OK that’s to the stores, but to the consumers are you looking at print, or broadcast, or online…?
There’s going to be a lot of different ways we will communicate the app. First we must get a foothold of enough locations for consumers to find the application or find the availability of the Kodak Print Place. In some markets we are using solutions through social network sites and some solutions we are using are linked to in-store promotions for local area marketing to drive people to actually download the app. Downloading and Liking the app is key for us getting additional downloads. We are looking at a variety of different programs and in Australia once we have a foothold of a group of stores in a geographical area we’ll do exactly the same – local area promotions or social network promotions to drive it. The choice of how we do it will depend on the marketplace, the location…
What’s your target for number of locations before you feel you are ready to go out and promote?
In Australia – I’d love to give you a definitive number but I can’t. If we got a mass in Melbourne, say, we would be able to do local promotions and drive it around the Melbourne area even if the rest of Australia didn’t take it up as quickly.
The advantage of social media and targeted advertising is that you don’t need to wait for all of Australia, and that’s the way we will do this – tactically in the right locations.
How many locations would you need in the Melbourne metropolitan area before you felt confident to push the button on promotion?
I would aim for somewhere between 15 and 20 locations in the Melbourne area. And from my understanding from IPS the aim is to roll a lot of these out into the marketplace quite quickly into the Kodak Express market…The sites that we will be putting this into is Kodak Express stores; is coffee shops…is locations we find in Australia where consumers want to linger and share and print their images. We will be continuing to learn about those places and opportunities.
In places like Singapore we will be placing them into locations where children have birthday parties. That’s where people talk, share. They are there for a few hours and they are able to get their printed images and leave that site. We are looking at different opportunities outside the traditional Kodak stores – which are a destination for more than just prints. We are looking for places where people can just get prints and share.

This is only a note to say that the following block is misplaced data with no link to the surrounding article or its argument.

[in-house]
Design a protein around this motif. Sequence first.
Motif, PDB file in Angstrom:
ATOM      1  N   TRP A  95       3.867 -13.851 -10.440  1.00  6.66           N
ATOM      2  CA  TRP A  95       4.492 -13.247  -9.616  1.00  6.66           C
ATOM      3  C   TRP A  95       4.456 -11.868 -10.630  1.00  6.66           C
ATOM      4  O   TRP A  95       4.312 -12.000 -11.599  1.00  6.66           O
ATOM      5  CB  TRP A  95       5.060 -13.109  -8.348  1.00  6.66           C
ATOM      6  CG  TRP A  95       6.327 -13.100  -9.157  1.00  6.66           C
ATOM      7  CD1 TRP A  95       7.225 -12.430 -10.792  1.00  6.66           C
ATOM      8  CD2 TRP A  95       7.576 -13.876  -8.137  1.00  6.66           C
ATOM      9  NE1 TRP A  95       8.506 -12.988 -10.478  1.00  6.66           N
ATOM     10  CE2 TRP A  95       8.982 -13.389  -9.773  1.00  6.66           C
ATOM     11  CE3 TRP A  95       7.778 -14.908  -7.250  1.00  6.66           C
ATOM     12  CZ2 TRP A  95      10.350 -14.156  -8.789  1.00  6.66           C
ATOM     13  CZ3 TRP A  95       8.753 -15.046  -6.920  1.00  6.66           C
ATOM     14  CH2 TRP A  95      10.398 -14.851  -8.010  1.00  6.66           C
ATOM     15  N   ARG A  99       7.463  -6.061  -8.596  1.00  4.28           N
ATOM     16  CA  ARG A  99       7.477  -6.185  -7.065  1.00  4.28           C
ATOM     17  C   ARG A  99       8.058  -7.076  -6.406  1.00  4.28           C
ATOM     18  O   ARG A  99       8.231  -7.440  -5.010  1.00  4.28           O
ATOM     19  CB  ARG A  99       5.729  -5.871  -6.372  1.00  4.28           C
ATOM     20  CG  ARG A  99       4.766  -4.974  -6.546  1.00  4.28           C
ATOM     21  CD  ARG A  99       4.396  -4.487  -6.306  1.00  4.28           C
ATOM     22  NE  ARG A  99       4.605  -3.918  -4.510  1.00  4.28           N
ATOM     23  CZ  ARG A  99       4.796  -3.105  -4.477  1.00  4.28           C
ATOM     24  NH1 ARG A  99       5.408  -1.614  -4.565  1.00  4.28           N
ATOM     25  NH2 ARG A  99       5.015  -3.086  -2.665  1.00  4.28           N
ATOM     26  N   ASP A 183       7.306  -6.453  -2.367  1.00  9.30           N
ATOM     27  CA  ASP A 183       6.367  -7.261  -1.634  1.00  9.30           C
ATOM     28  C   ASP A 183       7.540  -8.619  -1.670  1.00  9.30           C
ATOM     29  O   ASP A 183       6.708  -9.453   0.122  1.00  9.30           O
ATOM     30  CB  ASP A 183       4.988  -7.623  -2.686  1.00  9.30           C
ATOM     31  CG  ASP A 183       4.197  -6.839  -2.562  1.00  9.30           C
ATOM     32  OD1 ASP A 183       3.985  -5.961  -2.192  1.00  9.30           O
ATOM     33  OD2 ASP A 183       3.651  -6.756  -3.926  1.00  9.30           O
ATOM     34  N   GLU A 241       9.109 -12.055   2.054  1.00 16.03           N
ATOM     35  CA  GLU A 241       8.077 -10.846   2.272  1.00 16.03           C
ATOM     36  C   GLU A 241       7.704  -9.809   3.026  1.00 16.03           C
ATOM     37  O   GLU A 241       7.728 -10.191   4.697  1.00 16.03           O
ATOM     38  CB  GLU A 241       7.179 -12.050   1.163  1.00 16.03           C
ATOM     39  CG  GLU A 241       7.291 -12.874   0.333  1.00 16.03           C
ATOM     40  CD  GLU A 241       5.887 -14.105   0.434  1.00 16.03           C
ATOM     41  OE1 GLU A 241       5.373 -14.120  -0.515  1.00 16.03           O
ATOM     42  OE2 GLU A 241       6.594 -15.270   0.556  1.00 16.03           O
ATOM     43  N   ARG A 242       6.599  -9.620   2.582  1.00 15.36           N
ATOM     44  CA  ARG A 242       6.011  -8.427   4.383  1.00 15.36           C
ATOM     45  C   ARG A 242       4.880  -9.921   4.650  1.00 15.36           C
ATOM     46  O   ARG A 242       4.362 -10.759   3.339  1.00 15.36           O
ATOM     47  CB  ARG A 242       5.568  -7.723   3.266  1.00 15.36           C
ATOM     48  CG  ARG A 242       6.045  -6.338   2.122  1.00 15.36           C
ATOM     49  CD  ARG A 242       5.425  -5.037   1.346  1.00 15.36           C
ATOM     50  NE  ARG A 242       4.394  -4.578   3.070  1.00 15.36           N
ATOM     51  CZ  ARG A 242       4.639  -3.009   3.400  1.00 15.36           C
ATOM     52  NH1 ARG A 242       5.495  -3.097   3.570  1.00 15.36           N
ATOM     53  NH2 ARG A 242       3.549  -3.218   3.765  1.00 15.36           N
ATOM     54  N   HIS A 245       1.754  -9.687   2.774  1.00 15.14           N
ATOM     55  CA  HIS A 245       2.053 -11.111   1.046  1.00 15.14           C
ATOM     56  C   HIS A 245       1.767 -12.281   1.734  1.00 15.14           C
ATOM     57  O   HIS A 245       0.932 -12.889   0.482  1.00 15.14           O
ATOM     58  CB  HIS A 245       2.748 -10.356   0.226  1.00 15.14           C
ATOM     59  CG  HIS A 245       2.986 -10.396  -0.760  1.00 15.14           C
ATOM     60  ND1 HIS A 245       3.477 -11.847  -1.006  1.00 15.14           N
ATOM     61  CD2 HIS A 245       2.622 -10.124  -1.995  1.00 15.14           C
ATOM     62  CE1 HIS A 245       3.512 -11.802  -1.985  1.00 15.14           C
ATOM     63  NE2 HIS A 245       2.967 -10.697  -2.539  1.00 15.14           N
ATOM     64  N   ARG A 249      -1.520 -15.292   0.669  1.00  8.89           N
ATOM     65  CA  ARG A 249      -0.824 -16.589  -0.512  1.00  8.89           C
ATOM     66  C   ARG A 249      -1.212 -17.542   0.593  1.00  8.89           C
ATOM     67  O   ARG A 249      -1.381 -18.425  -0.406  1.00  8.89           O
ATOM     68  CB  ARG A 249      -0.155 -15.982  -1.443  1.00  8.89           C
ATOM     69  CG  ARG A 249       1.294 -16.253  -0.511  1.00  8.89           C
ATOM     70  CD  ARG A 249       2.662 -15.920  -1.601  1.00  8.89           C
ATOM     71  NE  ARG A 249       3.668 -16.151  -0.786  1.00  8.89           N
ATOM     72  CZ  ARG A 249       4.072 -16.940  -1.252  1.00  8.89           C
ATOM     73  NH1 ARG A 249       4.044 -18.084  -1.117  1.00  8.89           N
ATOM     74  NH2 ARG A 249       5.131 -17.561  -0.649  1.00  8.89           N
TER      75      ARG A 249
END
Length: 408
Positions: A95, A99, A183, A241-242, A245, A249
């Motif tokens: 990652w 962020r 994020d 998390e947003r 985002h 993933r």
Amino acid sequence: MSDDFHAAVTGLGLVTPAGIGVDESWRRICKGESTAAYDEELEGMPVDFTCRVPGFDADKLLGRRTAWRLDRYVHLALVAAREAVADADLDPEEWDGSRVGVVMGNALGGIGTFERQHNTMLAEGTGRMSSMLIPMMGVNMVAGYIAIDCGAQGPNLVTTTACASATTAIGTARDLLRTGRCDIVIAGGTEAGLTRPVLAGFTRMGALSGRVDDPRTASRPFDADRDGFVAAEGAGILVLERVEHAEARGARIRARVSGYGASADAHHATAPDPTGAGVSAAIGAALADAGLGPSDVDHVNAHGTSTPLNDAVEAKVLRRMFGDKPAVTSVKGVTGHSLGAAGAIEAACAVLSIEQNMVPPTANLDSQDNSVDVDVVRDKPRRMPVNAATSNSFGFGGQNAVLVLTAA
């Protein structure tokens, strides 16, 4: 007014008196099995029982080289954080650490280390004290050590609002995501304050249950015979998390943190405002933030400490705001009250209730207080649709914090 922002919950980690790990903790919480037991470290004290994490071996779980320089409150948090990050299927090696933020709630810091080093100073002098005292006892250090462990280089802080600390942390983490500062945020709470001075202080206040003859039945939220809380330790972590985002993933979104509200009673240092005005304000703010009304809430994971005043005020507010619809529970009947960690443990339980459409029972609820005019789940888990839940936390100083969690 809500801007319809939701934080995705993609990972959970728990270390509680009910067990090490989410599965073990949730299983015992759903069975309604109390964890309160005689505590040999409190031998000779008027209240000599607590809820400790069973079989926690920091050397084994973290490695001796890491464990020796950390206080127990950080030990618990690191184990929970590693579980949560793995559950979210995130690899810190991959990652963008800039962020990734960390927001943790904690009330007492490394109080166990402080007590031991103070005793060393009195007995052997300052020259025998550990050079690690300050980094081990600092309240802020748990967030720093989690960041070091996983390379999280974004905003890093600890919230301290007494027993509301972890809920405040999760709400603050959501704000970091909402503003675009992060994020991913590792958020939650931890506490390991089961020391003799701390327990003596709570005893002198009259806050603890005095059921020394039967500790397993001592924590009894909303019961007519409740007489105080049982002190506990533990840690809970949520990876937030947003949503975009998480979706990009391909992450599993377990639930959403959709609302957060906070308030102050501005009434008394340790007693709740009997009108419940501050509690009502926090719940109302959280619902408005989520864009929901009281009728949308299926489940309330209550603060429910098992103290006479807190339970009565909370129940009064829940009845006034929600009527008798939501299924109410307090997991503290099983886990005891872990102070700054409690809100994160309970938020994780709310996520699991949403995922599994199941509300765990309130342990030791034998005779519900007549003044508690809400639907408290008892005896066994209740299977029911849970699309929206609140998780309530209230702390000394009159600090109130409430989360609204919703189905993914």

Is there any cost associated with being a Kodak Print Place?
There is some hardware and either a software or a print hub for purchase. Outside of that there’s a tablet kiosk. Excluding that there’s nothing. So the POS comes with the tablet kiosk, a print hub and a thermal printer. If they don’t have a thermal printer they will need to purchase one as part of the program.
What’s a tablet kiosk?
At the show in Melbourne last year Kodak showed a prototype of the tablet kiosk. It’s a very small kiosk in weight. It fits on a counter and can do basic products – printing, ID prints, collage prints. The product will be launched in Australia within the next two months.
So in fact the Kodak Print Place is not entirely direct from smartphone or device to printer?
No. It’s printing from your mobile phone directly to the printer…To the consumer it’s from their phone directly. The tablet kiosk is part of the solution because in many locations the tablet kiosk accepts SD cards and smart cards and USBs for people who wish to print with media. It also has the ability to do ID photos. That was the other thing that stores wanted – a simple device to accept storage media and do ID photos and some collages. So we built this tablet kiosk as part of the kit. The reason why they are sold together to a Kodak Express store is the workflow manager for W-iFi printing is managed through the tablet.
Anything more you’d like to add?
There have been some changes to Kodak Express so it could be brought in house…This information about Kodak Express and the Kodak Print Place and the next steps is something that will continue over the foreseeable future.
But our focus at Kodak Alaris is about listening to the consumer and though some very clean processes actually making sure that we are delivering products and solutions which delight consumers and help them do what they wish to do – so much so that they tell their friends about it.
By doing this and increasing share of voice we want to drive this business to a growth phase. As consumers are capturing more and more images every day we want people to be able to print their Kodak Moments in a new way.